Friday, August 12, 2011

Weak Link In Missouri

Don't be disappointed in Democrat Claire McCaskill. As in that loathsome saying, she is what she is. And that's really bad.

It shouldn't have been surprising that the freshman Senator, on a tour Monday of three companies in Missouri, stated that a jobs bill is unlikely because

I think it's very doubtful we will do anything that spends money, but there's other things we can do. We can look at patent reform, we can look at trade agreements as long as they're fair and don't hurt American middle-class workers even more than they've already been hurt. We can look at regulations -- what regulations are absolutely necessary and what regulations are getting in the way of businesses.

So that's the problem with the economy! Corporations are making near-record profits but are suffering because of regulations and lack of trade agreements. McCaskill, unsurprisingly, did not identify any specific regulations, nor did she explain how the nation's economy ever survived before job-killing trade agreements became de rigeur 20-25 years ago (probably with a thriving middle class, now shrinking).

Cool to the idea of an aggressive effort to reduce the 9.1% unemployment rate, McCaskill must be in favor of increasing the federal guarantee of unemployment compensation from 99 weeks (26 weeks of state benefits- 20 in Missouri- followed by 73 weeks of federal benefits) to the proposed 113 weeks. Nonetheless, McCaskill, facing a re-election challenge in 2012, asserted"I'm not for extending the unemployment benefits any further."

But little ever should have been expected from the former State Auditor. Well before the state's 2012 presidential primary- won narrowly on Super Tuesday by Barack Obama- McCaskill endorsed the Illinois Senator for the Democratic nomination. That was unexceptional and reasonable, though with the course of the Obama presidency and the country, it now ought to make her a little embarrassed.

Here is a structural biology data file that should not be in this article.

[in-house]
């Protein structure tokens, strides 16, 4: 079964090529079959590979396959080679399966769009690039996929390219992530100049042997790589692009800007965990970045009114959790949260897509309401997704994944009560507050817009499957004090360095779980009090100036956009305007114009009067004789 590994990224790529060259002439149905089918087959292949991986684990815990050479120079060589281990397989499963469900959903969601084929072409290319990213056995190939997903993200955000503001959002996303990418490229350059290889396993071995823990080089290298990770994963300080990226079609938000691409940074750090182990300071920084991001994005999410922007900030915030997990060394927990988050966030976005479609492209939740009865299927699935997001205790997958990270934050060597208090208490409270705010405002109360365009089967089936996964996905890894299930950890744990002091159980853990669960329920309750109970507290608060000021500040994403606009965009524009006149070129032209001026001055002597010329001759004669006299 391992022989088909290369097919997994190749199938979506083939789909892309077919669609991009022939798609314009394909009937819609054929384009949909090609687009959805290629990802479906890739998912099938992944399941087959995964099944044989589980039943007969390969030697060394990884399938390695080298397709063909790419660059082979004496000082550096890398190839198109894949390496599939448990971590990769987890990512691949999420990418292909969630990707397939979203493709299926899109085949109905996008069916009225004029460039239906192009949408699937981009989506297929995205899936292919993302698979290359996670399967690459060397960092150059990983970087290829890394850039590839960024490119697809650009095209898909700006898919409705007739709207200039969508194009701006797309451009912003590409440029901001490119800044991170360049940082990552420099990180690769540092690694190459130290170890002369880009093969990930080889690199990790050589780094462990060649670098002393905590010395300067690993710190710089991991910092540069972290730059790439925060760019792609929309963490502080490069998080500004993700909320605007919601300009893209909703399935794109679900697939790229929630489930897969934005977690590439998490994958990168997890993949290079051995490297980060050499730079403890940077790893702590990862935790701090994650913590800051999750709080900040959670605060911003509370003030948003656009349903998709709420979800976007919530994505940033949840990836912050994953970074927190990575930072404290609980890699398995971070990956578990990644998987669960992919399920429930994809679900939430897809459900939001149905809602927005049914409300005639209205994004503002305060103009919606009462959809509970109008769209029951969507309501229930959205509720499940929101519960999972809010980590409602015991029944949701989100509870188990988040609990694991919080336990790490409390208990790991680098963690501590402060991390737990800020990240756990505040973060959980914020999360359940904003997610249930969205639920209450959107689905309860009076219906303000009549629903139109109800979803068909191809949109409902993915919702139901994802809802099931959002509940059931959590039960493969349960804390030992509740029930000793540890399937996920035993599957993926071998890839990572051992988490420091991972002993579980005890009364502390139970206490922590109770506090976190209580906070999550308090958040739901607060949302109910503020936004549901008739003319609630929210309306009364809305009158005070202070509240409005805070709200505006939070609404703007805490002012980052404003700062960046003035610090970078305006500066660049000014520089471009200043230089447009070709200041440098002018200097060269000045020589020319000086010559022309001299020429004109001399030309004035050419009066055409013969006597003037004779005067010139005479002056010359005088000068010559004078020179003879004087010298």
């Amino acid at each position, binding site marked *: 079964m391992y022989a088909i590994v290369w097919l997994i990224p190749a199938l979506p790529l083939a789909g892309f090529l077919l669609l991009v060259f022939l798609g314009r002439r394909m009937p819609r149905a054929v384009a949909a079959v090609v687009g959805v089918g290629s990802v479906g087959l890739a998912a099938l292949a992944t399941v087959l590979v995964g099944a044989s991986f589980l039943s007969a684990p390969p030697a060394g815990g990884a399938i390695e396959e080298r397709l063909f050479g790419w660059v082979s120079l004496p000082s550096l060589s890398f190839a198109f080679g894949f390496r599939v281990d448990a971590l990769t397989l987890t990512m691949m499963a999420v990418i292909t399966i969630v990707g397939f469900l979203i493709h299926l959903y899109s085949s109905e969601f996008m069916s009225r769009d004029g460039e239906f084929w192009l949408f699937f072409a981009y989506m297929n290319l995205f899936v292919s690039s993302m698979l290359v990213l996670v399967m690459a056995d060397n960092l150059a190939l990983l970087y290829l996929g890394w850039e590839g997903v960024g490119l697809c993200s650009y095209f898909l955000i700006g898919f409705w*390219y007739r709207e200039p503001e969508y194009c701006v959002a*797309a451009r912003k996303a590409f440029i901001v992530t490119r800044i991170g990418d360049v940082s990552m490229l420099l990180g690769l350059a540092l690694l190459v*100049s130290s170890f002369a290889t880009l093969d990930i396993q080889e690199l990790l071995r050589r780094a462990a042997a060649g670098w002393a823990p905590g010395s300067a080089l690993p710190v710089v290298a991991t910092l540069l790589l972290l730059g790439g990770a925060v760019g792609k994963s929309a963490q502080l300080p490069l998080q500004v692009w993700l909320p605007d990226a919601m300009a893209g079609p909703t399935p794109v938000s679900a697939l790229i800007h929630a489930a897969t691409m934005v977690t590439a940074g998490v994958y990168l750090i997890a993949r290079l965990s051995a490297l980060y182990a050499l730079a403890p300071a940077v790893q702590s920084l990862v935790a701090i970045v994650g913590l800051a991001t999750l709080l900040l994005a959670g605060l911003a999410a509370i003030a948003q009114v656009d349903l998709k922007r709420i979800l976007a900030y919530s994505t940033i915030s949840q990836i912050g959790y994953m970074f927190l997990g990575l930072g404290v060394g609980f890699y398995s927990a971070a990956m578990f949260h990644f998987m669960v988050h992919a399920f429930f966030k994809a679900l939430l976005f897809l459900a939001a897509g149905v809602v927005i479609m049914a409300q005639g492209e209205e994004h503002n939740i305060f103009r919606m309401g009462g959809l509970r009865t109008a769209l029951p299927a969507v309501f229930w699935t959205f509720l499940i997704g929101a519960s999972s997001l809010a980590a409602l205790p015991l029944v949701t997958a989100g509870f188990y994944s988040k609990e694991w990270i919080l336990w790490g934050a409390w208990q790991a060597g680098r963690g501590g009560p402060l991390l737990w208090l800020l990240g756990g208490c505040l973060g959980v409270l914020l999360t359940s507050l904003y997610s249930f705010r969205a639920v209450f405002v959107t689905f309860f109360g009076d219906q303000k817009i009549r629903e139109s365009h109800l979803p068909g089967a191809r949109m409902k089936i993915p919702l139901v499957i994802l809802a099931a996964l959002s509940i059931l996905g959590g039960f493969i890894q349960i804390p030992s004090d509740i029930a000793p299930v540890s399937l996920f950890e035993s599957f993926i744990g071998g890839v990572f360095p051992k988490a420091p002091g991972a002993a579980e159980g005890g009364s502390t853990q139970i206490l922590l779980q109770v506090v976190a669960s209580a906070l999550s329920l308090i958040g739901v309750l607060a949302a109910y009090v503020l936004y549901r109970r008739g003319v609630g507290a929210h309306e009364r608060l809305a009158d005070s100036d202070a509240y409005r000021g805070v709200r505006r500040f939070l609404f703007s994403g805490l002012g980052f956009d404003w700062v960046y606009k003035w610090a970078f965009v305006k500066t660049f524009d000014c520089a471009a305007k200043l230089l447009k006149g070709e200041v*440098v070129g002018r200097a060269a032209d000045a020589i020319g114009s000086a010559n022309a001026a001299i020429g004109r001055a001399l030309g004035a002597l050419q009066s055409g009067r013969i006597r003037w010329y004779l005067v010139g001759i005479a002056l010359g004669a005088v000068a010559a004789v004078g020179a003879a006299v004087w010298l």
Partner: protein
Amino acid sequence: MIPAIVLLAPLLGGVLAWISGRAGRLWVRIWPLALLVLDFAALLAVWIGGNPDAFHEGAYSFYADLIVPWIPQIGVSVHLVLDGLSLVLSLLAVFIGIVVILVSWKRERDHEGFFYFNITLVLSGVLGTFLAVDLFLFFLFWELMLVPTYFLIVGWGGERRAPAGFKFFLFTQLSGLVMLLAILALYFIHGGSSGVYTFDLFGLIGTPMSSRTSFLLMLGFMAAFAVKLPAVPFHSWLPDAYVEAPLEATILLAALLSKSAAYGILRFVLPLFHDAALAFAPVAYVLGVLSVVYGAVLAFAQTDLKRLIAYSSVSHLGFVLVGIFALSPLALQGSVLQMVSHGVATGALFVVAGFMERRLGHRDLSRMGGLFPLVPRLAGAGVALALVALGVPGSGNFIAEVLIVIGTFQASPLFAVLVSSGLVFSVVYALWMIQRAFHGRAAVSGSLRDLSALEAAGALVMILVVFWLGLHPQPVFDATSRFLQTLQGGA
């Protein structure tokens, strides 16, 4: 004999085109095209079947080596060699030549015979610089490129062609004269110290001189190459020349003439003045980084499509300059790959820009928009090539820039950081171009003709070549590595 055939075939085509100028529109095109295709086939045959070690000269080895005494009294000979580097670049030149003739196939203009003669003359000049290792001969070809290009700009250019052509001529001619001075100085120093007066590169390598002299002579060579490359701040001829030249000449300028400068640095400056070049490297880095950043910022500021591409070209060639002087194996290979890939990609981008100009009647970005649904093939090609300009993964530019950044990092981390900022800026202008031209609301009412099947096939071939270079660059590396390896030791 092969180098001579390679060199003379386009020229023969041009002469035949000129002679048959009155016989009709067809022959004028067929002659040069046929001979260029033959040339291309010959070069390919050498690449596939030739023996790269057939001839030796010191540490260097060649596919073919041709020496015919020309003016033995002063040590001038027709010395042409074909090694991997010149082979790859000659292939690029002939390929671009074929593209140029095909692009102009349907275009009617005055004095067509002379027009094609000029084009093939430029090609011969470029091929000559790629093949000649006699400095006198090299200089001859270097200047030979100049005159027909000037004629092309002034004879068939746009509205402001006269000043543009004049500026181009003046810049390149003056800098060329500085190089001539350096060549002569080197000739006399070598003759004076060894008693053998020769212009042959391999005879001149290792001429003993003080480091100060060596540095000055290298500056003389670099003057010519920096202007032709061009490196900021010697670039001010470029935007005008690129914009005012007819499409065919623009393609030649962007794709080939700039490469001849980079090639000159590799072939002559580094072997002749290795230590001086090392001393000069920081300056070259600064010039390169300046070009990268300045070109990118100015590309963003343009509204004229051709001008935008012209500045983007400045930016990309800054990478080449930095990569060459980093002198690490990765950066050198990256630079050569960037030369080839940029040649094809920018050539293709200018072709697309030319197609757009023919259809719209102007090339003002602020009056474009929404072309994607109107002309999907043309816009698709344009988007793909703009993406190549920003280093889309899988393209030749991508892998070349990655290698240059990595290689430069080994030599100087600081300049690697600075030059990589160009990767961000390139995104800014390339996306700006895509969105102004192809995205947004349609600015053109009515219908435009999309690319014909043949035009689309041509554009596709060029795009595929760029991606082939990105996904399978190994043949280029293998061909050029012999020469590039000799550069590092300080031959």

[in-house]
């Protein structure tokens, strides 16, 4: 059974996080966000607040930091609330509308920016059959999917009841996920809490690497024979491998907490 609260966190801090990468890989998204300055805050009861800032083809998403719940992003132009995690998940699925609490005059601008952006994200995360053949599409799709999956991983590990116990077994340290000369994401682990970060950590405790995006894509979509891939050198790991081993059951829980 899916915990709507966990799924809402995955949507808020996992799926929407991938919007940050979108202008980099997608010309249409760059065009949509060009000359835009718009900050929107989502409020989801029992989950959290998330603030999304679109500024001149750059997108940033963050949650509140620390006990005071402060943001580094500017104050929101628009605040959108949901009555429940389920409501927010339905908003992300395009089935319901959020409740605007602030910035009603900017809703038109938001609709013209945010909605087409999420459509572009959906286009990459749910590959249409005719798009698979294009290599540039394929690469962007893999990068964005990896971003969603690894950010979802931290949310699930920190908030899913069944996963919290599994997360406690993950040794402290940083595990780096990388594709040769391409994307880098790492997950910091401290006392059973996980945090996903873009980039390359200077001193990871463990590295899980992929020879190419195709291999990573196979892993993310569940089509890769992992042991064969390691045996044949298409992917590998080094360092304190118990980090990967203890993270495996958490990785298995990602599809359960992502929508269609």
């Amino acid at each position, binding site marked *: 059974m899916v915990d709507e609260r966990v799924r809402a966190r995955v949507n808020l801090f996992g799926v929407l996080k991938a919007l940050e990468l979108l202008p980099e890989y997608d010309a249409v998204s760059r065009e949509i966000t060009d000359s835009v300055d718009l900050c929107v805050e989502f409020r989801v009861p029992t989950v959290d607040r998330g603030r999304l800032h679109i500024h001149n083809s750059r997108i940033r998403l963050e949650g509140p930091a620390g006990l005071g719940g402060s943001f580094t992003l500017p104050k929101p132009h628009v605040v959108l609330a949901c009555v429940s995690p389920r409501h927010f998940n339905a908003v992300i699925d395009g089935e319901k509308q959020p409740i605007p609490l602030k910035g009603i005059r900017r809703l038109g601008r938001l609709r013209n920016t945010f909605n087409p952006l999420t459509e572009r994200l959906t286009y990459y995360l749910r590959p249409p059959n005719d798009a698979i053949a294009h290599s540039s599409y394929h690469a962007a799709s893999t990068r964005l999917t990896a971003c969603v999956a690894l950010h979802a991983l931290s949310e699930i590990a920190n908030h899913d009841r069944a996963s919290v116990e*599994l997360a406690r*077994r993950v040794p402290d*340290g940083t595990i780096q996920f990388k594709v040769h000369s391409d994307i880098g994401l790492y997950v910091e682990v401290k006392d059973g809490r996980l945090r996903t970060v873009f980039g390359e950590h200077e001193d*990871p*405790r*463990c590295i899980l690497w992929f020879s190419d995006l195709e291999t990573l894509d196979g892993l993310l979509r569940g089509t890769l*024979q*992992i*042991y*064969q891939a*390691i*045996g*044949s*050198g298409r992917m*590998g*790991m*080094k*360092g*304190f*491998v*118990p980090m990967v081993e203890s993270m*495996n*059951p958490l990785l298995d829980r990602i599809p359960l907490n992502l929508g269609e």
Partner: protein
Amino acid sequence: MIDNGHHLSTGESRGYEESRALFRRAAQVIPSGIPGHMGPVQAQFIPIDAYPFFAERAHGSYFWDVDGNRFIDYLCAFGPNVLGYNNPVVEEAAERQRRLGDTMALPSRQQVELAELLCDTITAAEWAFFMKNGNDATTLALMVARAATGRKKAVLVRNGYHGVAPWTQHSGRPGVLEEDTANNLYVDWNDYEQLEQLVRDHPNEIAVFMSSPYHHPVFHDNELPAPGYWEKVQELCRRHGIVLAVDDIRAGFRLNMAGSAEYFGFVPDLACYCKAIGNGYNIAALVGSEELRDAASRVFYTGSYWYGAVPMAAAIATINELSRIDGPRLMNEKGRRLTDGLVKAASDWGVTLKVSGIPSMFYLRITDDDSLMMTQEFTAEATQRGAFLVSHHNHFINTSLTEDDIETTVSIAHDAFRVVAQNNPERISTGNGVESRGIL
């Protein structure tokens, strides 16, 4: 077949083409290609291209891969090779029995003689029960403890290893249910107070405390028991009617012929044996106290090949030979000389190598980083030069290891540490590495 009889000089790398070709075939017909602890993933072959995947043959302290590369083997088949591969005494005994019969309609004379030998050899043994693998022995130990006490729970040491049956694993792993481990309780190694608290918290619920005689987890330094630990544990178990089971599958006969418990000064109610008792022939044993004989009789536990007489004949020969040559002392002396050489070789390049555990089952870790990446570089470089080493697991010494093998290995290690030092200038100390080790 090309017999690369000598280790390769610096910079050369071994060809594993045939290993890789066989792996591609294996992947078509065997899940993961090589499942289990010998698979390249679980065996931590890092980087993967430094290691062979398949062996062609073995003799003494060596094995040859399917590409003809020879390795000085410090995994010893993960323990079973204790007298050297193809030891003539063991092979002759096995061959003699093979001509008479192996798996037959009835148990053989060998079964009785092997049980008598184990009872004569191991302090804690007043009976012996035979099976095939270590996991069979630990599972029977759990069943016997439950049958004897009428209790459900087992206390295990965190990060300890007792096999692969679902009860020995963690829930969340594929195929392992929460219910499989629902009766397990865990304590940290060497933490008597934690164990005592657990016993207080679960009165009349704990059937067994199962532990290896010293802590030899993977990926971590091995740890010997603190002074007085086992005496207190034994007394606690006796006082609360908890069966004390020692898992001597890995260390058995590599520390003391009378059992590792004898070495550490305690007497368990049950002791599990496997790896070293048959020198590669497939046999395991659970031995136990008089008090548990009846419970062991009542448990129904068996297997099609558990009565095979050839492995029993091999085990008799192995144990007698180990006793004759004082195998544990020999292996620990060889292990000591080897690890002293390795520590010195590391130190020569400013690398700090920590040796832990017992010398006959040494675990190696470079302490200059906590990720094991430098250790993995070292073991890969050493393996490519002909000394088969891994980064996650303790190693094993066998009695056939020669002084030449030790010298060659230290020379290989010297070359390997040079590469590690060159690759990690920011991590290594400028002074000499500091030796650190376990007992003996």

No, the endorsement was understandable- but the thought process was, well, idiotic. In an article lauding the influence of youth in politics, Time soon after the endorsement explained

The Senator's daughter Maddie Esposito had seen the way her mother teared up whenever she heard Obama speak. And now it was happening again as mother and daughter sat side by side on the family-room sofa in a suburb of St. Louis, watching the results of the Iowa caucuses on TV. "You know you believe in him," Maddie admonished her damp-eyed mother. "It's time to step up." The next morning, Maddie, a college freshman home for the holidays, added a threat: "You have to do it, or I'm never talking to you again."

McCaskill endorsed Obama- a big boost in an important Super Tuesday primary state.

It's hard to determine which is a worse reason for a U.S. Senator to endorse an indiviudal for President of the United States of America- because her daughter told her to do so or because she cried upon hearing his speeches. The nation already was in recession and involved in two wars- and Claire McCaskill, probably the leading figure in her state party whose primary would prove pivotal in the nominating process- allowed her 18-year-old to tell her what to do (what, there was no coin to flip?).

This is where the sarcastic would suggest that there was no better reason to endorse Barack Obama. But there really was, especially for someone who had worked with him in the Senate, as had the Missourian. Claire McCaskill, fortunately, does contribute something besides (usually) a Democratic vote in the Senate. When we search for explanations- and there are a few, including the rightward lurch of the GOP- for the dysfunction of the U.S. Congress, one may be found in the likes of Missouri's junior U.S. Senator.

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